• Custom post types – Most of the time, tutorials will tell you to add your custom post type registration to your theme’s functions.php file. If you ever switch themes, though, that means the content associated with those custom post types is useless until you re-implement it. Content should be separate from appearance (that’s the basic idea behind a content management system), so the items that govern the appearance of your site — your theme — should not be in charge of making specific types of content available on the site.
  • Permalink/title/content manipulation – Again, content and appearance should be separate from each other. Therefore, any new shortcodes ought to be implemented using a plugin rather than registering those shortcodes through your theme. If you register shortcodes in your theme, you’ll have a bunch of missing content after you switch to a new one. For the same reasons, any functions that manipulate the titles of your posts or the links to those posts (such as Page Links To) should be implemented using a plugin.
  • Spam, backup and security measures – This is another one that should be kind of a no-brainer. You don’t want to lose any security or protection you’ve implemented on your site just because you switched themes.
  • SEO & Analytics information – This is one that is frequently overlooked. A lot of themes will include mechanisms to add your analytics code, set some keywords or a description, modify the titles and menu labels, etc. When you switch themes, though, you lose all of that information.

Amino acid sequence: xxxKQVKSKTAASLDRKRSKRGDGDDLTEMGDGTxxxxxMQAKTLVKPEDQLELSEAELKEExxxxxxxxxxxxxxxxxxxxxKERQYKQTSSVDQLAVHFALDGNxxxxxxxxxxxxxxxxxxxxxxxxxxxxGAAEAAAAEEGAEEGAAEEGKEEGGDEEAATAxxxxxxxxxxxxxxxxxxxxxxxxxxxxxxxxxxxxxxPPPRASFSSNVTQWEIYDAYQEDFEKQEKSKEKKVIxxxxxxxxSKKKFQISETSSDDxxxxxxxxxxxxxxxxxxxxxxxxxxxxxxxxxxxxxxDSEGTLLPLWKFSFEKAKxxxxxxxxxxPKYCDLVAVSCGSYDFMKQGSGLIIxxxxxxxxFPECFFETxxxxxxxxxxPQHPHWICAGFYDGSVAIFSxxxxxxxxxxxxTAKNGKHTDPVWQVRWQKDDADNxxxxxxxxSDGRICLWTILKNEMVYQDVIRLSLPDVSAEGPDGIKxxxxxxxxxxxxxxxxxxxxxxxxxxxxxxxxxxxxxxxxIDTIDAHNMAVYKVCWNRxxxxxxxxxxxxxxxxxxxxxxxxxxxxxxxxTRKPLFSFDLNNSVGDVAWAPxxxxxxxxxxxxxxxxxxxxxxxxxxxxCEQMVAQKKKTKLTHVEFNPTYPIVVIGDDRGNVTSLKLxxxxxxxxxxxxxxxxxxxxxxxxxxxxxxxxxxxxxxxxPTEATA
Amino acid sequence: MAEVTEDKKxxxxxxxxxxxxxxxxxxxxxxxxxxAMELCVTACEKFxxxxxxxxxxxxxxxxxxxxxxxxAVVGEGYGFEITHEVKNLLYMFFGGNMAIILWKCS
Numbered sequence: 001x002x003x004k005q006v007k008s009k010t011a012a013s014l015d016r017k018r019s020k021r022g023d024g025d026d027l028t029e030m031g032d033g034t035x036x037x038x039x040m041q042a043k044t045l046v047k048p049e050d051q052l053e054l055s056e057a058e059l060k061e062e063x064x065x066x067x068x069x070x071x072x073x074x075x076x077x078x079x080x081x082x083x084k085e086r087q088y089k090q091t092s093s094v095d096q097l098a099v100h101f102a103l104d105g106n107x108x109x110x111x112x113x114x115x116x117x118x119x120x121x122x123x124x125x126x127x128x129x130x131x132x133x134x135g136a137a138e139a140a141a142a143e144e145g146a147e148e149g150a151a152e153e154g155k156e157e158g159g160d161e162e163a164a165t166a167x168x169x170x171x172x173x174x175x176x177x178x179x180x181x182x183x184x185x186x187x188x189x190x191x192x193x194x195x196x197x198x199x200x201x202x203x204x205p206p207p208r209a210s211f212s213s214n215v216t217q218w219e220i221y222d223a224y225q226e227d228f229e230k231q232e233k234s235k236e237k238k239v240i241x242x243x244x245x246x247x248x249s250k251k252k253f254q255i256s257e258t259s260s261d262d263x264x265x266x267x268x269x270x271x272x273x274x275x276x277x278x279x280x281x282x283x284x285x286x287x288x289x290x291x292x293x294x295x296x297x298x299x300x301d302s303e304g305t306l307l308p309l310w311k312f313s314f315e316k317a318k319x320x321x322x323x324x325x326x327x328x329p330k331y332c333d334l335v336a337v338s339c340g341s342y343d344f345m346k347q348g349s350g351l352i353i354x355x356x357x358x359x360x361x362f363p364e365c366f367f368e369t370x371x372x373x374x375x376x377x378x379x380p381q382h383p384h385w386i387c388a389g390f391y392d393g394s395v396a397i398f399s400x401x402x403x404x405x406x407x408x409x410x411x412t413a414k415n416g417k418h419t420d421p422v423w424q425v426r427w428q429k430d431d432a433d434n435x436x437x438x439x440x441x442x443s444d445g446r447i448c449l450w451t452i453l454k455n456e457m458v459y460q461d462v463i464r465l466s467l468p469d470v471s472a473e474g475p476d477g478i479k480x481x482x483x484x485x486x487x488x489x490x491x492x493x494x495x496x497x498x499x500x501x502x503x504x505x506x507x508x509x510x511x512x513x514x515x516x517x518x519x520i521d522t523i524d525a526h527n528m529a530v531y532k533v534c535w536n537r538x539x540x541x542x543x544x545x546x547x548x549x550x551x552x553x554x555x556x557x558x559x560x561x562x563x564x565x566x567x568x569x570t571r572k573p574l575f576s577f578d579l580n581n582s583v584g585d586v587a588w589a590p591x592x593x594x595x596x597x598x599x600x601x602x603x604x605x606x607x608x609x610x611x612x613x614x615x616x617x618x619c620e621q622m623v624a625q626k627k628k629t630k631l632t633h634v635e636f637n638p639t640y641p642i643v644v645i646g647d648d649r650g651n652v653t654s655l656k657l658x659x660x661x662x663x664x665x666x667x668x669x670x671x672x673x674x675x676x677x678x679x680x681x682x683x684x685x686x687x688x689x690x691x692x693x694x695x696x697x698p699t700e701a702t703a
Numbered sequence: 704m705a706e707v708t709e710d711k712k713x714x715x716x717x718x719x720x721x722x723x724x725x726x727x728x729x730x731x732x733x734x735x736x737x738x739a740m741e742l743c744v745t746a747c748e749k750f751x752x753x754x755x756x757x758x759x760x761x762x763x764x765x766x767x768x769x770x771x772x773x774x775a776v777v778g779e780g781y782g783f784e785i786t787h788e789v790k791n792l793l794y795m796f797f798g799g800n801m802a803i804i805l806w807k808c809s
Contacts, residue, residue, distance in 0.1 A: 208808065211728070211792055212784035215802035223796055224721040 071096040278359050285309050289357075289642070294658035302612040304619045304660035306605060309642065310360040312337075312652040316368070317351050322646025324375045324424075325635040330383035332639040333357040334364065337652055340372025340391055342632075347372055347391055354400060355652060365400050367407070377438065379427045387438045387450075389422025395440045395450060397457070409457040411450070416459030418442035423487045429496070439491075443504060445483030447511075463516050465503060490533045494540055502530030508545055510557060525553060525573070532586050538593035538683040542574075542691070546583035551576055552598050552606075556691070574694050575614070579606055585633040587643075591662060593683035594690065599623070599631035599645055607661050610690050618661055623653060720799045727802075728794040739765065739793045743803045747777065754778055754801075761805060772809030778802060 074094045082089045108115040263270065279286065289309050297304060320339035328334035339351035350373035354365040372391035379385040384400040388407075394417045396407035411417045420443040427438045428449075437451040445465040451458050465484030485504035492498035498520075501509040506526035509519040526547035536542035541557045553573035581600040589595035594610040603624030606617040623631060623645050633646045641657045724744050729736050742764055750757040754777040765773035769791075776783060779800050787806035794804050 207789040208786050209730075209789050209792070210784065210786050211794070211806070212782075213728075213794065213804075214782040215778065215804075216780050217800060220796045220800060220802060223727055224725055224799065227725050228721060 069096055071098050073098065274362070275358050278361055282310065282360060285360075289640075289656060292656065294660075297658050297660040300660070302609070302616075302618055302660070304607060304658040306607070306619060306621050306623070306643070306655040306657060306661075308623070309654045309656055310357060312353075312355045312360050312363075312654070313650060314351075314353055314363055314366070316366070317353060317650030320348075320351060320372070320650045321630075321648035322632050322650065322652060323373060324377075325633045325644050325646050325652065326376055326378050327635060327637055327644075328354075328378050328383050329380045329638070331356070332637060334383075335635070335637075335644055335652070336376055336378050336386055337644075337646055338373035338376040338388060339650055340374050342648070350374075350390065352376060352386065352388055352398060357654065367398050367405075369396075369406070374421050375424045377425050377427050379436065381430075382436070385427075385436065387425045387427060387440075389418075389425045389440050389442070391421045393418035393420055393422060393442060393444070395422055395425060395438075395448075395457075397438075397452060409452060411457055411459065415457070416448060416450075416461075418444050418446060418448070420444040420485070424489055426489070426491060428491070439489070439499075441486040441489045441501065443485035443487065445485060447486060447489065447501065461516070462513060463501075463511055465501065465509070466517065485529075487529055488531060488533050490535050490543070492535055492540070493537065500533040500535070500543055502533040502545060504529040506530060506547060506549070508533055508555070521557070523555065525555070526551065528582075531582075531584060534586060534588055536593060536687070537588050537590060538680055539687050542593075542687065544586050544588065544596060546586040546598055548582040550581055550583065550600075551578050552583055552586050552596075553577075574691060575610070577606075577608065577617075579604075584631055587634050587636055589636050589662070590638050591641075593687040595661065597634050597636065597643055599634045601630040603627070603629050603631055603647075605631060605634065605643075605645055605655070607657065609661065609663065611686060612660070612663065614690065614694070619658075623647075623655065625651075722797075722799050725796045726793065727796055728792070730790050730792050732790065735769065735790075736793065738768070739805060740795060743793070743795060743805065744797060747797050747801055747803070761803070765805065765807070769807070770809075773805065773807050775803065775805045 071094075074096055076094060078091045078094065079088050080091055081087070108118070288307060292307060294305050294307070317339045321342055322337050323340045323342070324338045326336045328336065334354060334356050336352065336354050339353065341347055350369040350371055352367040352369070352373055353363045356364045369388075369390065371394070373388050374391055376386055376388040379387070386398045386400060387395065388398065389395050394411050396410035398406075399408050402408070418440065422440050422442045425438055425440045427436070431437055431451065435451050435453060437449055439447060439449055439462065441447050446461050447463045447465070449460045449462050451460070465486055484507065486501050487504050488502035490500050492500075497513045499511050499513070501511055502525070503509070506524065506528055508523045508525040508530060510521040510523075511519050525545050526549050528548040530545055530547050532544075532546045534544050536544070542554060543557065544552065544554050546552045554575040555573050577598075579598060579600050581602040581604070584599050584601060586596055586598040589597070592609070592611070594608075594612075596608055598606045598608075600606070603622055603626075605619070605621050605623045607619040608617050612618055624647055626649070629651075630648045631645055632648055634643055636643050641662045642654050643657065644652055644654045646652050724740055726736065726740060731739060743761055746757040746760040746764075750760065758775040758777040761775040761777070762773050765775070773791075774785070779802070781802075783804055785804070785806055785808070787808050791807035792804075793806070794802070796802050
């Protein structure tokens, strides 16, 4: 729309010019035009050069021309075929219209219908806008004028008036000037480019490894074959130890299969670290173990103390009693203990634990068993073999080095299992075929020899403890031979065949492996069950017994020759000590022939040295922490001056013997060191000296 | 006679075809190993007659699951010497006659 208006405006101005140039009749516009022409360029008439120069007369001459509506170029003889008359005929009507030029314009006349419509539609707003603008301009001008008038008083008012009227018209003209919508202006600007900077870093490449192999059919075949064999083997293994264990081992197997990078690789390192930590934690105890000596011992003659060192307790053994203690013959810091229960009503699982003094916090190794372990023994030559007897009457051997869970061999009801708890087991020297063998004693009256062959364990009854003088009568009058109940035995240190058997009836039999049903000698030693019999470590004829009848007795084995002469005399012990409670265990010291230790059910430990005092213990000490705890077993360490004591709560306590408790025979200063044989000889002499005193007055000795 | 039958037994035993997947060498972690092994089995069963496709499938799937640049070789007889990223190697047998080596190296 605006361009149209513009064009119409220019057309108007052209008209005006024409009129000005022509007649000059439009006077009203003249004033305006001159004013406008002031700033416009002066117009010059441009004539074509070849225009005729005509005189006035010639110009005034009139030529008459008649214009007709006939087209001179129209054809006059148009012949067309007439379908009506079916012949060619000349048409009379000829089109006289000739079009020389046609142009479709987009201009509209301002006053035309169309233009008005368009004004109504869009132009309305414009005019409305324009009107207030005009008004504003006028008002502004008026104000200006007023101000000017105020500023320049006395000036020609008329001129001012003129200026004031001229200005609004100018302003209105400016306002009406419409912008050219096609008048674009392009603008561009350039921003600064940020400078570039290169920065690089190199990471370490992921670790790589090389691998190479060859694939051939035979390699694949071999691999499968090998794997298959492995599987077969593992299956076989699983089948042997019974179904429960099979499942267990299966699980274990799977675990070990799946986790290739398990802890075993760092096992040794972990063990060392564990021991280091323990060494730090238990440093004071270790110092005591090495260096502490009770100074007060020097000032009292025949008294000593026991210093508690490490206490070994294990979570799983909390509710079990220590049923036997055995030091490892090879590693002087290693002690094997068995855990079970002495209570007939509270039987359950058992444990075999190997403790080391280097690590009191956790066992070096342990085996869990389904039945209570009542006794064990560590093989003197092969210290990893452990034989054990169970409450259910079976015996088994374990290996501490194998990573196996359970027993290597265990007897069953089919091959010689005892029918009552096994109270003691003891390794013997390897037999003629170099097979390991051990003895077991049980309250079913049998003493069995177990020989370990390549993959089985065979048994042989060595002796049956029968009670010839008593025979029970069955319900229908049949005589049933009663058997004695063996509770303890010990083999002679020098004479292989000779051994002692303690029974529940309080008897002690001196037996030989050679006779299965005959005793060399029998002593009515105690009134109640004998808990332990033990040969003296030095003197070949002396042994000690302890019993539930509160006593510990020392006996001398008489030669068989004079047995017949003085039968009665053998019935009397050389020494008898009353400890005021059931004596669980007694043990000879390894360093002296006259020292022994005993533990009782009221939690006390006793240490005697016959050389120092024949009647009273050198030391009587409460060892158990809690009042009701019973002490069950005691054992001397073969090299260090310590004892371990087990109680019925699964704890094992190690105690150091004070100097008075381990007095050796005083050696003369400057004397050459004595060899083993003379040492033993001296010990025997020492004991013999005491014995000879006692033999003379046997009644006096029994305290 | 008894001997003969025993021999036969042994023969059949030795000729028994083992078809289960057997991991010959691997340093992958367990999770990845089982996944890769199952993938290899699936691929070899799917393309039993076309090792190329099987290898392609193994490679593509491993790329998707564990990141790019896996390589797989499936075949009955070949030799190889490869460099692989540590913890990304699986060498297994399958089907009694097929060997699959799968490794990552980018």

• External resources – If you want to include external resources like Twitter, Facebook, etc., you should use a plugin to add those items to your site. They are content pieces, not appearance features.

Bonus Round: What’s a MU-Plugin?

The concept of MU-Plugins carried over from WordPressMU when it was merged with WordPress at version 3.0. Originally, the “MU” in the term referred to WordPressMU. However, when it was implemented in WordPress 3.0, the “MU” came to stand for “must use” instead of “multi-user”.

The idea behind a mu-plugin is that the code will be automatically parsed on every page load. These files do not require any type of special header like plugins and themes do; they’re just plain old PHP files. They do not need to be activated; they are automatically active as soon as WordPress recognizes that they exist, and they are active on every site in a multisite installation.

To use mu-plugins, you simply need to create a directory inside of wp-content called “mu-plugins”. Then, any PHP file dropped into that directory will immediately begin to have an effect on your WordPress installation.

Perhaps the most valid use of a mu-plugin is to implement your analytics tracking data. Rather than including that data in your theme (which is a bad idea, as I mentioned above), or using a plugin that has to be activated on each individual site in a WordPress Multisite installation, it might make a lot more sense to place that code in a standalone PHP file that injects the code into the head of your pages.

Essentially, any functionality that needs to be present on all sites all the time, no matter which theme is being used, should be implemented as a mu-plugin.